GRANDVIEW -- Three weeks ago, the Grandview Greyhounds were coming off an 18-0 run through the Central Washington Athletic Conference and beginning to realize the possibility of a perfect season.
And why not? The Greyhounds were on a roll, having dispatched 20 consecutive opponents by an average margin of more than 20 points a game.
But after an easy CWAC semifinal win over East Valley, Grandview was shocked by Wapato in the district title game 47-43 for its first loss of the year.
"We wanted that district championship bad. I remember walking to the locker room, thinking, 'Are you serious?' " Greyhounds senior guard Christian Schrank said.
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One week later, West Valley of Spokane handed Grandview its second loss in a row in the WIAA 2A state regional opener.
Two consecutive losses in a week for the top-ranked 2A team in the state?
Inconceivable? Not so much.
Fortunate? Maybe so.
"We needed to lose. We were going through practice lackadaisical. We were going through the motions, like, 'OK we're going to do this again,' " Schrank said. "I wouldn't say it was perfect timing, but after the loss, we all knew we still had the chance to go to regionals."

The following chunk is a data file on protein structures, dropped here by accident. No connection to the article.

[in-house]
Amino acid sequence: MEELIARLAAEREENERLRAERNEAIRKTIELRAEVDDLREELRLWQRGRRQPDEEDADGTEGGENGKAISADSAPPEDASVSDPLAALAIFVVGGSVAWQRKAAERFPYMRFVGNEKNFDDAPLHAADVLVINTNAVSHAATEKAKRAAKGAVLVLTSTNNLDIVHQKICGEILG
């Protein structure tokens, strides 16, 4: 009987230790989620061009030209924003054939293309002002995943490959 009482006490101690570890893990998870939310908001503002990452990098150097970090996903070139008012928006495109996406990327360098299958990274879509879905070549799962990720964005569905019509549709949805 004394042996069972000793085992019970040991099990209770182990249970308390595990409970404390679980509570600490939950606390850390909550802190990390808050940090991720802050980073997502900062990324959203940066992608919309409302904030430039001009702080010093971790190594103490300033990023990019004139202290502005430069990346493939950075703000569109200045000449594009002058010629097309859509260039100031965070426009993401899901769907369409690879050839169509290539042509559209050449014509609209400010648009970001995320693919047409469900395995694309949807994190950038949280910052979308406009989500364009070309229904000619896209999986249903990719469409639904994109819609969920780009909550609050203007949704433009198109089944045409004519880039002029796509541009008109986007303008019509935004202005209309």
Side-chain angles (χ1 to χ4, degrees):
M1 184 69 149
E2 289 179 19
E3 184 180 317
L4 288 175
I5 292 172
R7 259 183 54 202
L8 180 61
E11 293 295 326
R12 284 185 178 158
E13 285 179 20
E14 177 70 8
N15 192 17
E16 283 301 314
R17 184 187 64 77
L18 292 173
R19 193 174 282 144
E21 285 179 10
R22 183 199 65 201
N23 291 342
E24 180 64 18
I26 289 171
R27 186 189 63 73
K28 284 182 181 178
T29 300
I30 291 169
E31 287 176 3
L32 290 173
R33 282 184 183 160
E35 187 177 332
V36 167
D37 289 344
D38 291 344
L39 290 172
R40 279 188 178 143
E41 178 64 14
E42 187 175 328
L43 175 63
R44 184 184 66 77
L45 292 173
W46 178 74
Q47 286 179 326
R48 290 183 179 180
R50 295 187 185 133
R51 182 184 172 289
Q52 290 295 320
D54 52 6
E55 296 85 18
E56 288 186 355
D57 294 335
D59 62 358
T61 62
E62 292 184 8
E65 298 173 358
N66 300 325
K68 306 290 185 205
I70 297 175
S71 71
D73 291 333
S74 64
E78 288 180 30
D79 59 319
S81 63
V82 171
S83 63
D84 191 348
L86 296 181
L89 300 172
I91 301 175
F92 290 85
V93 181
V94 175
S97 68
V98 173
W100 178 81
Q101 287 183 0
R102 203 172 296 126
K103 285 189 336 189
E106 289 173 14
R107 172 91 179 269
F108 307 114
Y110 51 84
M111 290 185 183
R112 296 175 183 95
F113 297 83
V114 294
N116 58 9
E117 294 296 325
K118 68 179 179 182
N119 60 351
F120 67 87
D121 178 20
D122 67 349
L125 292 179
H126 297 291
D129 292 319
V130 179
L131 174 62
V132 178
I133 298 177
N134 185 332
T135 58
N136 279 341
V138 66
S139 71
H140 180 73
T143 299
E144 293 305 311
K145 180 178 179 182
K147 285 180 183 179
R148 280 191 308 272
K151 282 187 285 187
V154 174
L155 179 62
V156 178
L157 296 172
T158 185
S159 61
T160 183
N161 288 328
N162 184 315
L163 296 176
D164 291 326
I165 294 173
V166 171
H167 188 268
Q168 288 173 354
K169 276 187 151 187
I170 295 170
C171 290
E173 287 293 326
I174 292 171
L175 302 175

That was then. This is now. The Greyhounds, who reached state last year with a hard-working core of juniors, are back with essentially the same crew.
And now they're even hungrier to make an impression after finishing eighth last season.
"The boys are just anxious. They're tired of beating up on each other in practice," said Grandview coach Roy Garcia, a former Greyhounds player.
Garcia was a key part of two of the program's three state championships -- the first as a player in 1990, the second as an assistant coach in 2002.
"With this team, I've tried to keep practice light this week and keep their legs fresh for a relaxed atmosphere," Garcia said. "At the same time, our boys believe they have something to prove. In those two losses, we didn't shoot the ball very well, but we still had a chance to win.
"We don't have to score 70 or 80 points to win. We can grind it out and score 40 or 50 if that's the way it plays out. The boys always find a way to win."
The Greyhounds (23-2) will face Burlington-Edison (21-3) in the 2A state quarterfinals at 9 a.m. Thursday at the Yakima SunDome.
The Tigers, which shared the Northwest Conference crown with Sehome, have a lineup that averages 6-feet-5 inches across the front line.
Burlington-Edison is led by 6-6 post Eric Walser and 6-4 forwards Will Stewart and Jordan Reed.
But don't expect Grandview to fret much about the size disadvantage.
"No, sir. That's not going to be a concern. We're always a smaller team," Schrank said. "If you go back to (a 57-55 first-round win over) Clarkston, they had one of the better big men in the state, and Burlington is just like them. You've just got to be a little quicker, and you've got to block out.
"And don't get outworked."
Garcia emphasized the importance of a mental state of readiness as well.
"When you get to this point, the last push is all mental," Garcia said. "Now it's a matter of who can minimize mistakes. Whoever does that will win."